It's December all of a sudden, and as the cold deepens, it's time to say goodbye to my favorite season, fall. I love everything about fall: the light, the leaves changing, the brisk weather. Even though I'm (so many!) years out of school, it still signals a fresh start to me. I know that's supposed to be spring, but to me fall is the time to start new projects in new notebooks, make new friends, new beginnings. This fall, I was able to get up to Connecticut to enjoy the changing leaves.

I like that last one, but as it often happens, I liked the thumbnail better:


Montmartre is one of my favorite neighborhoods of Paris. Since it's on the outskirts of Paris, it managed to escape the attentions of Baron Haussman, the Robert Moses of the 19th century, responsible for the homogeneity of many arrondissements. Montmartre became the refuge of those possessing a more down at heels aesthetic than those of the buttoned up, if grand, boulevards. It still retains the pre-Napoleonic charm of winding, cobblestone streets with their rich, mismatched jumble of buildings that lean against each other in long-established camaraderie. It's a tiny neighborhood, but all the streets are so twisty and hilly with surprises (a vineyard!) around so many corners, that you can easily spend a whole day exploring it.

This is the parenthetically aforementioned vineyard. Sadly, it wasn't open the day I visited, so I had to draw it from behind the fence. It looked like a little Rackham cottage up on a hill. I think I might have to make it into a wine label at some point, though, to appease the literalist in me.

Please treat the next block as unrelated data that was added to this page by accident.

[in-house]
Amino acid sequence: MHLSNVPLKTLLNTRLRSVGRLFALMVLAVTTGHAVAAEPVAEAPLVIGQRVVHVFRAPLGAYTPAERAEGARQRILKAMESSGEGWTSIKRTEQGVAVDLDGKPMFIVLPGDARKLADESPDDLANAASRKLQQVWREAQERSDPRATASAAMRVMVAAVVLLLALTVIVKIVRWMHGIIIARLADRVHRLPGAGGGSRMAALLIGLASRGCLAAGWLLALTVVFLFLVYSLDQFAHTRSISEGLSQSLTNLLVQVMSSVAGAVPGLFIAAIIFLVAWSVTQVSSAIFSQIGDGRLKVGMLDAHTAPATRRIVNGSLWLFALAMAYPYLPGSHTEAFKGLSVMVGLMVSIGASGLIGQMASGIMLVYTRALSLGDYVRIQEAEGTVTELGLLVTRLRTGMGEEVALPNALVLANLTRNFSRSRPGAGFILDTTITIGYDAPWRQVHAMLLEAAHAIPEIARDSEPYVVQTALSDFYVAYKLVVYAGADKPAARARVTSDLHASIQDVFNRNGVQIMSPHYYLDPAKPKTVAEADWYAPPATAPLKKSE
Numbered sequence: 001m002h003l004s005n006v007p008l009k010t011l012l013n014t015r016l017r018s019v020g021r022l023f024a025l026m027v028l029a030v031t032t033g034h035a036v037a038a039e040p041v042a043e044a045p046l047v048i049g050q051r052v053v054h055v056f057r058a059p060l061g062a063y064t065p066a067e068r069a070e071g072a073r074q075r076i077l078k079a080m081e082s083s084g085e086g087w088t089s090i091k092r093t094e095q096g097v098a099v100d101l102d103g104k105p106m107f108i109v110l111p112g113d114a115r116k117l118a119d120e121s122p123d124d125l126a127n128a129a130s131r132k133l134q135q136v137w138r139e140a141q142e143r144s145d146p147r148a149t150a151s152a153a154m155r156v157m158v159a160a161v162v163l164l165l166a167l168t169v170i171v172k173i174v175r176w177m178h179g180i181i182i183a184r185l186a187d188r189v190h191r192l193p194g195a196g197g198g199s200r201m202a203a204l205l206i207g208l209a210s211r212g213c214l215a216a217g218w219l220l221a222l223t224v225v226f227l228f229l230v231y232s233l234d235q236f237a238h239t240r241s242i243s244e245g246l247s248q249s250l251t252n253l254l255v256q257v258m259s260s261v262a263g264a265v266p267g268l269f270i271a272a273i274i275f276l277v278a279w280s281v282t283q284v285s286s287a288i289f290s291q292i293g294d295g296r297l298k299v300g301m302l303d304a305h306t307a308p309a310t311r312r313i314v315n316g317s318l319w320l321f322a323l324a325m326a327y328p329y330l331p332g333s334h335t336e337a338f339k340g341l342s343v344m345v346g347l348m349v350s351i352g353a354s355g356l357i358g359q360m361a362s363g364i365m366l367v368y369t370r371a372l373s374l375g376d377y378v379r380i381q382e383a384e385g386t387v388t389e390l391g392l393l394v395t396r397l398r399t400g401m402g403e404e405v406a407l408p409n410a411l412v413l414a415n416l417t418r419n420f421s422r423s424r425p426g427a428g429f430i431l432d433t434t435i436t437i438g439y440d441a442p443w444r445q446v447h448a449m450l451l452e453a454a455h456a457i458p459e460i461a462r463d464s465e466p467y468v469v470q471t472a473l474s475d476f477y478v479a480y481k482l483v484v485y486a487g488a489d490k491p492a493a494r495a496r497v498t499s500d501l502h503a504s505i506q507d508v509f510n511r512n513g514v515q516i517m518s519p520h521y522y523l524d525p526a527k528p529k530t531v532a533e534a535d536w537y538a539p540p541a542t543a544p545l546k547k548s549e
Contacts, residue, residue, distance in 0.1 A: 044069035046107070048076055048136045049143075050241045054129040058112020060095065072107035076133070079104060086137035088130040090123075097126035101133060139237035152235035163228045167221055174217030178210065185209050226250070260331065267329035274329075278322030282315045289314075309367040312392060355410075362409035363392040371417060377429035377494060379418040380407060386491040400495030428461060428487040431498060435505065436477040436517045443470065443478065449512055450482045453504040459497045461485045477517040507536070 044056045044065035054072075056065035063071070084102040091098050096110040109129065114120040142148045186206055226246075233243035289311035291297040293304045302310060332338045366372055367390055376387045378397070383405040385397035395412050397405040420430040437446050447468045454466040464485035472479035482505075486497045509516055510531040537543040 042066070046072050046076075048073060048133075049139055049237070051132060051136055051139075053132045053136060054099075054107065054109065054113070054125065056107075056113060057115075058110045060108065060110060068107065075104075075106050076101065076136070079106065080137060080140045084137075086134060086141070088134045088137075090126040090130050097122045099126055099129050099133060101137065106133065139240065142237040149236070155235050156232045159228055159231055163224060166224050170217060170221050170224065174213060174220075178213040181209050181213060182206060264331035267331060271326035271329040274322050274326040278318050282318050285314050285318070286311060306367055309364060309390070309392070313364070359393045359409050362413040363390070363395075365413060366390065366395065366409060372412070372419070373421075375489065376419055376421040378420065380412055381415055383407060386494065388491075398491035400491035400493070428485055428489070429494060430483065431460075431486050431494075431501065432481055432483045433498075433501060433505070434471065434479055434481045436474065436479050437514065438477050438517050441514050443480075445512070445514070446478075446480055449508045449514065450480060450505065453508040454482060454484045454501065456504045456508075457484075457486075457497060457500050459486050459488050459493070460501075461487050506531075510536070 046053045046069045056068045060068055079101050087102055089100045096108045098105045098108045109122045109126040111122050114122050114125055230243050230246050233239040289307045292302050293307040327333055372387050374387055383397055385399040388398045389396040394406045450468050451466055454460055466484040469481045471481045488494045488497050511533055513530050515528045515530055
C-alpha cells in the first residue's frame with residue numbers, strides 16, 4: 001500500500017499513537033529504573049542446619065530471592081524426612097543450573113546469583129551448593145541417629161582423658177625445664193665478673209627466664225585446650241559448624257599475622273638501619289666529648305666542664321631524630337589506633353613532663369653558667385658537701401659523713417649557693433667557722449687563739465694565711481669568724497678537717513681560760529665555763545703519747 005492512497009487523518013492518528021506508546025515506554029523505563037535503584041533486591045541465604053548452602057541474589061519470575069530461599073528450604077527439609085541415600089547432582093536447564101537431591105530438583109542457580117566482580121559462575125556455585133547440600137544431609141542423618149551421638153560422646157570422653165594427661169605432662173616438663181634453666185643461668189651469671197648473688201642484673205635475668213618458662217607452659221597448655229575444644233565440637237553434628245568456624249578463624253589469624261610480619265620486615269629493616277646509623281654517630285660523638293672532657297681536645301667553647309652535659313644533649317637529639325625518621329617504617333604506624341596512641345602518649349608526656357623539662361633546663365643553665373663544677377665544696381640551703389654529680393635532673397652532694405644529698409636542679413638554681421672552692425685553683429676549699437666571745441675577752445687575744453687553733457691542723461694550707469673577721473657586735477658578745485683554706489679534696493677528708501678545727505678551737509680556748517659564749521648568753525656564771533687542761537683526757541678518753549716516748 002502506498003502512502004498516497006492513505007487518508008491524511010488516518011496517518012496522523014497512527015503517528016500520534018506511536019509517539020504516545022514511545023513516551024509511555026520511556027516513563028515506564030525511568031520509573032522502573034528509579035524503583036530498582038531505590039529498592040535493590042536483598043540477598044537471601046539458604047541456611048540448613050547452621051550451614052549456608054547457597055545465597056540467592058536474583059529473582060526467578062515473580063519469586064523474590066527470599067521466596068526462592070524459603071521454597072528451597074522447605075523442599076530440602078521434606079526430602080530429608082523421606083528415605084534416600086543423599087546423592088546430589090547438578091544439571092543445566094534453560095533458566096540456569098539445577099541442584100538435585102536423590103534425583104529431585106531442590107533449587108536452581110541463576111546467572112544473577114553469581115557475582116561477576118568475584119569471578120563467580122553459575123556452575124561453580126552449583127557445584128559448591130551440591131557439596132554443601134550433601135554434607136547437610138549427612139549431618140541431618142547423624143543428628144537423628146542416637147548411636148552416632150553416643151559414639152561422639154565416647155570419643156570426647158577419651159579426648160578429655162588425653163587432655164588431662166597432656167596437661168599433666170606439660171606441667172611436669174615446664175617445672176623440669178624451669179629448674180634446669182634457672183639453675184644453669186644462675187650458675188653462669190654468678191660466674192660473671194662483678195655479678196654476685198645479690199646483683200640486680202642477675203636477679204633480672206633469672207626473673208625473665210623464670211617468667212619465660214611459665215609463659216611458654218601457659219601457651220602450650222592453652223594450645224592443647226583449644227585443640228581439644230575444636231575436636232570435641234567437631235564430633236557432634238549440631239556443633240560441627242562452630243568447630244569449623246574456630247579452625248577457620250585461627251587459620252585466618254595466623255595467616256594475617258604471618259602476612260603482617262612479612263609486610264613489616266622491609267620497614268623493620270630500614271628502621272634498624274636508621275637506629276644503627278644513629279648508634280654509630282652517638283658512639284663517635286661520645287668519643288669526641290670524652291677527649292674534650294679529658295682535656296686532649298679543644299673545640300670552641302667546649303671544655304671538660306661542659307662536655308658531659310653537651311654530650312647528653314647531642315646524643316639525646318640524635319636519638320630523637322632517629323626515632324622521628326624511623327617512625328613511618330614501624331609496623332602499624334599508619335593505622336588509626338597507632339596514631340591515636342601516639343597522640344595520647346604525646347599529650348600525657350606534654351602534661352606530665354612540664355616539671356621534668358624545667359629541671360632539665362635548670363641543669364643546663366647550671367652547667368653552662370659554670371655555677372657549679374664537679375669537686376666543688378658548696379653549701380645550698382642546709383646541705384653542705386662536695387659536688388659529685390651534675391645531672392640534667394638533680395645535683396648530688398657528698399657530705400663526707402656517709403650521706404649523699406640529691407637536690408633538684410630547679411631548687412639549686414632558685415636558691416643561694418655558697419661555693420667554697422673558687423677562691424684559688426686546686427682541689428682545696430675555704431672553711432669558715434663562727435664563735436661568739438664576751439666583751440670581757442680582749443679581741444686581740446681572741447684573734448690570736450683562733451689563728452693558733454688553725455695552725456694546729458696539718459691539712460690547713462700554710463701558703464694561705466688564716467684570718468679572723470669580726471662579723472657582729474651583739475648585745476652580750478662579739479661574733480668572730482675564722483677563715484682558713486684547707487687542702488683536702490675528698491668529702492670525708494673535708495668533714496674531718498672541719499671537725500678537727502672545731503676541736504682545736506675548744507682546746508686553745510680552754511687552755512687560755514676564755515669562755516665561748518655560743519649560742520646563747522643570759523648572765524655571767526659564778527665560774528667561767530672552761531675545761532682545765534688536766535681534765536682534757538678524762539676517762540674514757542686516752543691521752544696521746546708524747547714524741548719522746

I didn't get to finish this drawing of Sacre Coeur, glowing in the light of the late afternoon, but maybe I like it better this way? It seems to slowly grow out of the cloudy page (or screen), and in a moment, the mist will obscure it again and it will just be a memory of Paris.

Also, you can check out my friend and fellow Dalverian Julia's drawings of Montmartre.

Fairy Mural

This past week I did a private commission, a nursery mural. Painting on the walls feels so forbidden and fun! The client wanted fairies, butterflies and dragonflies, as well as mushrooms and flowers and animals, and I was happy to oblige her. As a big fan of Arthur Rackham, Edmund Dulac, and other classic fairy tale illustrators, I've been drawing fairies and elves since I was a kid, so this was kind of the dream job!
Since the mural was to include so many elements, I started out with a pretty detailed thumbnail

as well as a color sketch

By the end of day one:

Day two:

Day three:

And by day four, it was done!

A few details:

It was rewarding to see my client get teary-eyed looking at it!

Cherry Blossom Festival

A few months ago, when spring had just sprung, I visited the Cherry Blossom Festival at the Brooklyn Botanical Garden. It felt like walking in a fantasy garden. The trees were laden with pink and white blooms, and every time the wind stirred the trees, pink and white petals would float past. It was magical.

It was also nice to see New Yorkers of all kinds, usually known for our "rush-rush-rush" approach to life, gathered to appreciate something as simple as a garden. Many were sprawled underneath the trees to contemplate the beauty of the blooms.

And of course, there were plenty of children. These three girls were posing to have their picture taken by their father (in the plaid shirt at the left).

The trees themselves are so much fun to draw, with their twistings and movements in space. They are *almost* as satisfying to draw as people, and they certainly move around less!